If you are certain that you have miscarried and do not wish to have a rescan we may advise you to do a pregnancy test two to three weeks after you stop bleeding.
Please note that occasionally we may recommend that we do need to see you again but this is on an individual basis and only with the ladies where we have been unable to confirm that the pregnancy was in the womb.
If you don’t want, or need, to re-attend then we will cancel your appointment and send information to your GP, community midwife and ultrasound scan department and hospital appointments, so you will not need to worry about doing this.
When can I expect a period
Every woman is different regarding how soon after they miscarry that they have their next period. This can range from 3 to 6 weeks. Remember that this can vary as you are experiencing a loss of a pregnancy, not a period, and your body and hormones can take time to return to normal. Often the next period can be different than that which you normally experience (heavier or lighter, again this is nothing to be concerned about, unless the bleeding is very heavy and prolonged – in which case consult with your GP)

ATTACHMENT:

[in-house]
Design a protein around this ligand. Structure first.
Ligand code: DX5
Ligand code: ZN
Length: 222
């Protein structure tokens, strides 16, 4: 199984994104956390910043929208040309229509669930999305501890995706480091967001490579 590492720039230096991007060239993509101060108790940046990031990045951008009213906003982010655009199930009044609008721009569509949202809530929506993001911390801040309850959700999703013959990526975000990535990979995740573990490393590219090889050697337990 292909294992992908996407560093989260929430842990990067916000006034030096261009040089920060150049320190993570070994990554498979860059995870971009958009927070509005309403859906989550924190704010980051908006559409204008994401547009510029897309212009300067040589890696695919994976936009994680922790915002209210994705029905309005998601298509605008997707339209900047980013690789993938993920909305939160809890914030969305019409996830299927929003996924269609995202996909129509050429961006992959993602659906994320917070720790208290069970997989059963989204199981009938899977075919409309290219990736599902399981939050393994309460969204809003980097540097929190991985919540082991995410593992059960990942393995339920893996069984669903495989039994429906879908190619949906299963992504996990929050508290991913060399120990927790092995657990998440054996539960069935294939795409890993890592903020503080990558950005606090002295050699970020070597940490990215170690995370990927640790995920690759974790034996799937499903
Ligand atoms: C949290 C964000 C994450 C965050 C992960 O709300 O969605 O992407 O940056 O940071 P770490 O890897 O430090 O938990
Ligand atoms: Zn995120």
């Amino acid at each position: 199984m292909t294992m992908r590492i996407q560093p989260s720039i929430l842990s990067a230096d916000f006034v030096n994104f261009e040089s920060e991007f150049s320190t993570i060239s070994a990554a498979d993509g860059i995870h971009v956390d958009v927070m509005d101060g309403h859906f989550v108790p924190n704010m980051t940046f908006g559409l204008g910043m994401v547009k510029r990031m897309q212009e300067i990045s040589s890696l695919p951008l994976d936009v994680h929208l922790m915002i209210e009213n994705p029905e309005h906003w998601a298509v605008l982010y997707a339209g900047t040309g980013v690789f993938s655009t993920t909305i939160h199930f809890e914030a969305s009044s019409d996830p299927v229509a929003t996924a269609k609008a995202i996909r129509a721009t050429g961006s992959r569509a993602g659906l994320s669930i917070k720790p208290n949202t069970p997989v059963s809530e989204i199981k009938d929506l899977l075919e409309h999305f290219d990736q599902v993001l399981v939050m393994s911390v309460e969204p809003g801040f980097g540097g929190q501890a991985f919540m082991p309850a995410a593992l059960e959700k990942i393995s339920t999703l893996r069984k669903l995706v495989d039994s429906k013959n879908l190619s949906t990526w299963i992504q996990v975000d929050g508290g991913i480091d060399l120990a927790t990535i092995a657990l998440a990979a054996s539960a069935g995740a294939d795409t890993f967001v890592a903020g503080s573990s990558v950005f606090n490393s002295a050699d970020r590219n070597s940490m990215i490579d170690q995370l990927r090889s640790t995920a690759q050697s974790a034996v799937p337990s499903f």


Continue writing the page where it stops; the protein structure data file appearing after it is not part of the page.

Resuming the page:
If you do not have a period, within 6 weeks of your miscarriage, it may be advisable to contact your GP.
Whether you decide that you wish to try for another baby is an extremely personal decision that only you and your partner can decide.
Should you feel that at some time you may be ready to try again it is recommend that you take daily folic acid (preferably for 3 months before a pregnancy) and wait for at least one period following a miscarriage before trying for another baby. Once you have had a period then we know that your hormones are back to normal and you are fit and healthy for the next pregnancy.
For emotional or psychological support:
Kirsty Willis (Bereavement midwife) 01752 433148
Please remember that nothing is too trivial to talk about.
If you are worried, we’d like to know.
Early Pregnancy Unit
(0800- 1730, Monday - Friday)
01752 430887/ 01752 245212
Ocean Suite (all other times) 01752 430026